I am quite sure to come back to your country as soon as possible and especially to the South, because I am absolutely convinced that the "color-line" problem will be the paramount problem of the time to come, here and everywhere in the world.—Max Weber to W. E. B. Du Bois, November 17, 1904
And above all consider one thing: the day of the colored races dawns. It is insanity to delay this development; it is wisdom to promote what it promises us in light and hope for the future.—W. E. B. Du Bois, "Die Negerfrage in den Vereinigten Staaten" [End Page 193]
Part I: The Letters and the Essay
I. The Correspondence
A. The Impossible Present of the Past: W. E. B. Du Bois and Max Weber in Correspondence, 1904–1905
In late October or early November 1904, just after concluding a whirlwind train tour of the eastern half of the United States with his wife, Marianne—a circuit that included, on the outgoing leg from New York City, stops in Buffalo, Chicago, St. Louis, and New Orleans, as well as excursions to Niagara Falls, a Cherokee community in Oklahoma, the Tuskegee Institute in Alabama, and a visit to relatives in the Blue Ridge Mountains of western North Carolina and, on the return leg, a hurried passage through the East Coast cities of Washington, Baltimore, Philadelphia, and Boston, before landing back in Manhattan—Max Weber wrote, in his own hand, on stationary from the Holland House at 5th Avenue and 30th Street in Manhattan to W. E. B. Du Bois. At that time, Du Bois was at Atlanta University in Georgia, situated among the slight red hills overlooking the center of the city of Atlanta from the southwest. Weber's letter comprised an apology and a request.
An account of the provenance of this letter and the correspondence that followed may, in turn, make it possible to render legible the terms of address that organized the essay at hand—"Die Negerfrage in den Vereinigten Staaten," or "The Negro Question in the United States"—which was ﬁrst published in the January 1906 issue of the Archiv für Sozialwissenschaft und Sozialpolitik edited at Heidelberg, Germany by Max Weber, Edgar Jaffé, and Werner Sombart (Du Bois 1906a).1 Although originally drafted in English by Du Bois, that version is apparently no longer extant. And, although it was translated and published in German through the initiative of the editors of the Archiv, it remains uncertain as to who actually carried out the translation. Below, I suggest a possible source of the translation. The essay, as such, is published in English in this issue, translated from the German, for the ﬁrst time.2 The commentary that follows is divided into two major parts, addressing, respectively, the correspondence and the essay, and then the terms of a theoretical interlocution (forthcoming in issue 7:1 of [End Page 194] CR: The New Centennial Review); a coda will be offered in conclusion. For a brief account of "Die Negerfrage" itself, one can proceed directly to the second section of the present essay.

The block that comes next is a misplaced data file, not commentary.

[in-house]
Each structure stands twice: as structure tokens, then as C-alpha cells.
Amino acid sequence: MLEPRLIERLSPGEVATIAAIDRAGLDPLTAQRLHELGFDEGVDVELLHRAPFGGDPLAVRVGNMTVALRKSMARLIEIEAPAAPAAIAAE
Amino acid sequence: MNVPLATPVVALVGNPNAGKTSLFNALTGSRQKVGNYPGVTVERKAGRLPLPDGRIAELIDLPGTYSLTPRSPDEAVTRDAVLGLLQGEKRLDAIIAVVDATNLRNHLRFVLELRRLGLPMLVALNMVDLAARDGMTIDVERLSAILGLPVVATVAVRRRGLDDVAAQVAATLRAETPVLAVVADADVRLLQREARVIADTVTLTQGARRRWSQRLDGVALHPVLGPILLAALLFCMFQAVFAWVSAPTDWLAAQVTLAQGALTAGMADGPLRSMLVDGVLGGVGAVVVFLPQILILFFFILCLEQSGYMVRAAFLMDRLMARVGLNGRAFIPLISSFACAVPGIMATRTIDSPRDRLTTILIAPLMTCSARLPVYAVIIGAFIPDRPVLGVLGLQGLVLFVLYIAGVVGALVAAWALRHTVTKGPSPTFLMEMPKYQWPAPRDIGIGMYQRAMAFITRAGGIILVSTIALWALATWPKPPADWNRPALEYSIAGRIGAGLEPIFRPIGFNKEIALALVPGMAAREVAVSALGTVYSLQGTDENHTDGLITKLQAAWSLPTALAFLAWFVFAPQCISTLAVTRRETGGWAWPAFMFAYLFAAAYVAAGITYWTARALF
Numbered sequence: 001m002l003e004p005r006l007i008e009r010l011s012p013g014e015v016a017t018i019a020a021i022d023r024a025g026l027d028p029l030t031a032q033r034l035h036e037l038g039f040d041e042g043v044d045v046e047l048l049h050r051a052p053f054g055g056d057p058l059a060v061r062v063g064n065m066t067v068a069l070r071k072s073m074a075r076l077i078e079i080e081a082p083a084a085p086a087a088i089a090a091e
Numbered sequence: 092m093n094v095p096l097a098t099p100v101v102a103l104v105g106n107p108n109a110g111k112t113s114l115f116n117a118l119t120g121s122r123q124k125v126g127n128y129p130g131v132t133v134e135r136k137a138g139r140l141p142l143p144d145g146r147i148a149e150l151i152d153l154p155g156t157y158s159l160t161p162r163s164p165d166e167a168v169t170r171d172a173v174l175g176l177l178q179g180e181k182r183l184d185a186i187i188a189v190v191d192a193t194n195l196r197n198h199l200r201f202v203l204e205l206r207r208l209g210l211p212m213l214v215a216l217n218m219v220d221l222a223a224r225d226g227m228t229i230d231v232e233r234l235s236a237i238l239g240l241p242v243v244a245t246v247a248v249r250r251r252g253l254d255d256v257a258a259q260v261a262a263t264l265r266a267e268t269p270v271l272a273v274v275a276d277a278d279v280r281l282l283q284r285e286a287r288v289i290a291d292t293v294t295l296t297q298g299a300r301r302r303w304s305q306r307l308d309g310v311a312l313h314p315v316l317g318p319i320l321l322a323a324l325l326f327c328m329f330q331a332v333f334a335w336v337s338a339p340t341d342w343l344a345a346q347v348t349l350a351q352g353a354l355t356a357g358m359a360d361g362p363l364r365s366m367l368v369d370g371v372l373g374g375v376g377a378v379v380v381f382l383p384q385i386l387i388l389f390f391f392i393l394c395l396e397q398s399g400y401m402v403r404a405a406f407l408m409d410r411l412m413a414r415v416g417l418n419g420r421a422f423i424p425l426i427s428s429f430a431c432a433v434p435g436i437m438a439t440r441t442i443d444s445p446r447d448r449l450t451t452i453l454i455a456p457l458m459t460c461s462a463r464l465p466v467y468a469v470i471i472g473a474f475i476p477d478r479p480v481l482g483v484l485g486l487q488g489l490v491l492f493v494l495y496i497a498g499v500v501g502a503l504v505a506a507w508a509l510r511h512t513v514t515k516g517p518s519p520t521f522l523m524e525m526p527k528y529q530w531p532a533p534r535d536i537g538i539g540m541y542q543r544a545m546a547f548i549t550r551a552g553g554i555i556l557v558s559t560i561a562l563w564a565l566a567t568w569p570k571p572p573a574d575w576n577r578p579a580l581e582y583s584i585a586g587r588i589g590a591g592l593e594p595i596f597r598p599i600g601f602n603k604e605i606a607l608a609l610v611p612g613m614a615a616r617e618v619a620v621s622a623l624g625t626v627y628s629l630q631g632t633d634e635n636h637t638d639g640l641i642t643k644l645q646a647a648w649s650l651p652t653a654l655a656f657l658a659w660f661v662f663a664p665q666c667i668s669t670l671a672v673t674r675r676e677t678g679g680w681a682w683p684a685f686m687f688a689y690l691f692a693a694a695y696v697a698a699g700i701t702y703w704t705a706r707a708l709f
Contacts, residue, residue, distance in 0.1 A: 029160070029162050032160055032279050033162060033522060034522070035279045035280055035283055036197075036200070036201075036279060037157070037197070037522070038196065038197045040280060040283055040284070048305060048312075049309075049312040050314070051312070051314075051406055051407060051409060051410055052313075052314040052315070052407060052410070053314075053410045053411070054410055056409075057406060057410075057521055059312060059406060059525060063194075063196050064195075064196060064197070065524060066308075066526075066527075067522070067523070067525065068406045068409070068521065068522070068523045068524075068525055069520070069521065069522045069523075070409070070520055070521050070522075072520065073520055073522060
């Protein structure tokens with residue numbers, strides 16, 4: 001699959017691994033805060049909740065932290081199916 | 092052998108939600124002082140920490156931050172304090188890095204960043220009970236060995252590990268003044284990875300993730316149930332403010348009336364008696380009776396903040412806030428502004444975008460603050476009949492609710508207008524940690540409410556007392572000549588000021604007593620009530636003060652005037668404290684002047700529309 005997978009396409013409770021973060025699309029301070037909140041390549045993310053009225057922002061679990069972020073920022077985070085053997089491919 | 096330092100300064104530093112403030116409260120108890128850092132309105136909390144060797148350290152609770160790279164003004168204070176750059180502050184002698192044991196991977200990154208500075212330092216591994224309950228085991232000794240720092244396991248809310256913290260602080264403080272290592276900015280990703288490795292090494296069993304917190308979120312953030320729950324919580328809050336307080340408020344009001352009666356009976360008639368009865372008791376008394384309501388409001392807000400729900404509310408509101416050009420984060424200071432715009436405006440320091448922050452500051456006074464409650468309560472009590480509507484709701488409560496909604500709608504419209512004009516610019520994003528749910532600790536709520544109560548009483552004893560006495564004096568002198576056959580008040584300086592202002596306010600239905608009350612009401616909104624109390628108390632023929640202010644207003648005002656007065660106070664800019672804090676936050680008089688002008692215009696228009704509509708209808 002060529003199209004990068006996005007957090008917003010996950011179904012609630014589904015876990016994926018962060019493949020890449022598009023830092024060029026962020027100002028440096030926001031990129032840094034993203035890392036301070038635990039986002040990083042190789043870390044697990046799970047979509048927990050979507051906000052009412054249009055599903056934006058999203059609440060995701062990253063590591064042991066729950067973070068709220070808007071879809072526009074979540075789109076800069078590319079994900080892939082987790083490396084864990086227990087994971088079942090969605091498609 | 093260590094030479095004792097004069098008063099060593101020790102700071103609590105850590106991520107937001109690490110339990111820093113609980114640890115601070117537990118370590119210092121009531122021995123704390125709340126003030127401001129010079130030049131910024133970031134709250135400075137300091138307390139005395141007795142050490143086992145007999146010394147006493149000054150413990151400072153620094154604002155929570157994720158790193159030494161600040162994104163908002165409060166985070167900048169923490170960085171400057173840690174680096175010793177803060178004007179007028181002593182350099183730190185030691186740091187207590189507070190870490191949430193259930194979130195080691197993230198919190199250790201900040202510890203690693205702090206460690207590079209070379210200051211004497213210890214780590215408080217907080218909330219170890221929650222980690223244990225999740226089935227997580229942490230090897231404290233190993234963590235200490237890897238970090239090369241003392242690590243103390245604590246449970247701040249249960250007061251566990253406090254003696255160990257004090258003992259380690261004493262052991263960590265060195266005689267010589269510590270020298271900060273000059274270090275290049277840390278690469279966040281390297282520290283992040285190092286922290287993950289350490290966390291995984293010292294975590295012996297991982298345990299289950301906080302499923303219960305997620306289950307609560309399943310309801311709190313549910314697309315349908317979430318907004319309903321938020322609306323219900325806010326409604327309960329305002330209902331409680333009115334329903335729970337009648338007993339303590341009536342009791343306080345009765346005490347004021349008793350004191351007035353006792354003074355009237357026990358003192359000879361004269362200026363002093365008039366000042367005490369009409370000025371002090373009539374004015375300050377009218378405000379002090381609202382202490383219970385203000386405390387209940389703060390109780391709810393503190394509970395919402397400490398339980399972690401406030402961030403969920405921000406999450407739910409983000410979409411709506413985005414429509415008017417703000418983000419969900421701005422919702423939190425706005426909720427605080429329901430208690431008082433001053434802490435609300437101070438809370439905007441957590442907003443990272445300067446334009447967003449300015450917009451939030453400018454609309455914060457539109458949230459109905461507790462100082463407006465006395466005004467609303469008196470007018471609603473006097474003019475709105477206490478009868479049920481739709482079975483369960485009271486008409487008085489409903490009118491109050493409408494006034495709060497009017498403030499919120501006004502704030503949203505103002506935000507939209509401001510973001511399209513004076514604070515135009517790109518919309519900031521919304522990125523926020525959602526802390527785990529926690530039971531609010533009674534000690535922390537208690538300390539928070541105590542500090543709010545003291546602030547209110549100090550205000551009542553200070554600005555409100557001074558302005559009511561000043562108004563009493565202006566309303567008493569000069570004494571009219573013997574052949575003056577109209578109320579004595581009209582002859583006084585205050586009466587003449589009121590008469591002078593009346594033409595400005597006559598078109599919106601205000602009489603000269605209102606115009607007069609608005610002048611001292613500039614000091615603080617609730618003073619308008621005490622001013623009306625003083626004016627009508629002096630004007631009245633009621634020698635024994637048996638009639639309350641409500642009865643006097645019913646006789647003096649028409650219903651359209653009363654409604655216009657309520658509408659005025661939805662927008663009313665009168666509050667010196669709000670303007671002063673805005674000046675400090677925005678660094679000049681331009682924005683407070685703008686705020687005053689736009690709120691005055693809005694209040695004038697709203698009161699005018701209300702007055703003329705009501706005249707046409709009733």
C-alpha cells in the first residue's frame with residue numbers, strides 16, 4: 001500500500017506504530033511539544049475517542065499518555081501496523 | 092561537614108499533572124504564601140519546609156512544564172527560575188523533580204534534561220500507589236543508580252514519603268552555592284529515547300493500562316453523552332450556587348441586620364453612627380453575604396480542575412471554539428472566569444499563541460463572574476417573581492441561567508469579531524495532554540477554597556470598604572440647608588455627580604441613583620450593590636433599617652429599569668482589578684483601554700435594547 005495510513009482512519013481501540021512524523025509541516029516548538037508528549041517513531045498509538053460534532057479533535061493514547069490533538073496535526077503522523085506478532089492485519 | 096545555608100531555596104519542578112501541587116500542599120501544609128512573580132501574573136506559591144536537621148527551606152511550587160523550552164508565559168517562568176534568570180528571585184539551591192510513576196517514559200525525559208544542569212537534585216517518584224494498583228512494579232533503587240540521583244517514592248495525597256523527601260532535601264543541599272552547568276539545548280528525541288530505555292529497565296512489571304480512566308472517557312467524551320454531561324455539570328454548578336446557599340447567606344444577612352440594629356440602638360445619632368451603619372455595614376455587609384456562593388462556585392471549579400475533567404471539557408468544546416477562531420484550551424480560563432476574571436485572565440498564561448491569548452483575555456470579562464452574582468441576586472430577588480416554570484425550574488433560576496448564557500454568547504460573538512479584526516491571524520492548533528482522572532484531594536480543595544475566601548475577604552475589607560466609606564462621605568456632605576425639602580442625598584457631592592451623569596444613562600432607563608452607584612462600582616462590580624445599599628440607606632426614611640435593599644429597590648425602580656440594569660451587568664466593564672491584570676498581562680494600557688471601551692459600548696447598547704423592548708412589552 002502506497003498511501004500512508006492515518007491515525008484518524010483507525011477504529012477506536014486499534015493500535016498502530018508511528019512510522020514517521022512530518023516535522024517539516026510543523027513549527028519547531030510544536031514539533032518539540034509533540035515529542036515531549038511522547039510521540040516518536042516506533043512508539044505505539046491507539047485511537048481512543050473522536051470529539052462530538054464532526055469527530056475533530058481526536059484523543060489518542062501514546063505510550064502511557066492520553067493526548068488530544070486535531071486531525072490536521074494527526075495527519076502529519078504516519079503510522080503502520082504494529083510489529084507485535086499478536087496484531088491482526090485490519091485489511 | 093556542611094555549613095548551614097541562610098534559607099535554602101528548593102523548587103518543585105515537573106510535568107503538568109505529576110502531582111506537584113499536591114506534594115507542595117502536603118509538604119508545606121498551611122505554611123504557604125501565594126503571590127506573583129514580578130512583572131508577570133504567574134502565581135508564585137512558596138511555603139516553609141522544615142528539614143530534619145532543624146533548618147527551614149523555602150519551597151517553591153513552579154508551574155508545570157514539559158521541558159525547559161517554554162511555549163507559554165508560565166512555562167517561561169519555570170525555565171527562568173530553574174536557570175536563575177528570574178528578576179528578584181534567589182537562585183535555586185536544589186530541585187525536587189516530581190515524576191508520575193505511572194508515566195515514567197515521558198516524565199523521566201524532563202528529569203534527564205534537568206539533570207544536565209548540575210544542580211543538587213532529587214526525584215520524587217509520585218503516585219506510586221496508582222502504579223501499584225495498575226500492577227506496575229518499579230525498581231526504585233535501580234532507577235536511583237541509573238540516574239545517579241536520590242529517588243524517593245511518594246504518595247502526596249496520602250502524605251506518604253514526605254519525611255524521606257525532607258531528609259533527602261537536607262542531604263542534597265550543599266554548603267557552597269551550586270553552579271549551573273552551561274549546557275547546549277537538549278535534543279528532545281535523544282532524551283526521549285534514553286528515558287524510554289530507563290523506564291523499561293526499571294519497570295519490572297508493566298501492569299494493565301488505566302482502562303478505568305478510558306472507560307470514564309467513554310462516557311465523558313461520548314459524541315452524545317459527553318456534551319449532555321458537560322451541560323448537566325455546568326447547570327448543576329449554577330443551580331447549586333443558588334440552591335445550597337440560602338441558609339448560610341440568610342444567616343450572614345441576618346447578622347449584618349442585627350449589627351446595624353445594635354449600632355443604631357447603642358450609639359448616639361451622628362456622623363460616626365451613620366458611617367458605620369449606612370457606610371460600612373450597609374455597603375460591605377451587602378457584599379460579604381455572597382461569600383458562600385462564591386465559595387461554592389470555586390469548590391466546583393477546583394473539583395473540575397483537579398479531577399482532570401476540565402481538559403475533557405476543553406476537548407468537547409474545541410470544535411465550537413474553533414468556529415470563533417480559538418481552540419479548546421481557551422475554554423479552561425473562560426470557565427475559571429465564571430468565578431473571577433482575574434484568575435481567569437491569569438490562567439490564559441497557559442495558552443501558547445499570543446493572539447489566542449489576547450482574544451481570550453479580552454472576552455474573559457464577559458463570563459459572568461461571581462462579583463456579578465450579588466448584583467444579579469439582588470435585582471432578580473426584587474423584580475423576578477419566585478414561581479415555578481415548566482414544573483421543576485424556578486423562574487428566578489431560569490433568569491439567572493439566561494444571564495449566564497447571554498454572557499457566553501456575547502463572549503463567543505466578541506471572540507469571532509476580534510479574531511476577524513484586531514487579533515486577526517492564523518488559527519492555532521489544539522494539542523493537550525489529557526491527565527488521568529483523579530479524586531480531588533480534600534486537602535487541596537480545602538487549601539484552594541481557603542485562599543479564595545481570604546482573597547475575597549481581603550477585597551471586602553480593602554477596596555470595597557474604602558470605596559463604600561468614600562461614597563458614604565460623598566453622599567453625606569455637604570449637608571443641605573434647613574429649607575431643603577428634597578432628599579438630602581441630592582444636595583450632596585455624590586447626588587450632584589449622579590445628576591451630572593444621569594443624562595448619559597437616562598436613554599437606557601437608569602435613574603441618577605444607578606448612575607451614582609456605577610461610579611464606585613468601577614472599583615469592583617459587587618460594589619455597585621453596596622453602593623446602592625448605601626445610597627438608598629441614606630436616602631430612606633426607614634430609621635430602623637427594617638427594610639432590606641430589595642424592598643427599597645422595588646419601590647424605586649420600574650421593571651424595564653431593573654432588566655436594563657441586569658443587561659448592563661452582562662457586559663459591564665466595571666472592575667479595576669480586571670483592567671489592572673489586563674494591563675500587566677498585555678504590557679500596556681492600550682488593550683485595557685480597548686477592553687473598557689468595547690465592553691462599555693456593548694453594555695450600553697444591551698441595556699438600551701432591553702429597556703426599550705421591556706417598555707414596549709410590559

Only part of Weber's original letter from November 1904—its ﬁrst two pages—has come down to us. Three different hand scripts show on the ﬁrst page: one that is presumably Weber's, for the body of the letter is in this hand; another that is perhaps Du Bois's, a date—"Nov. 8th"—is inscribed in the place where he (or his secretary) habitually marked the occasion of his reply in these early years, which is therefore when he most likely responded to Weber's initial letter, an assumption in which we are more or less conﬁrmed by Weber's signed...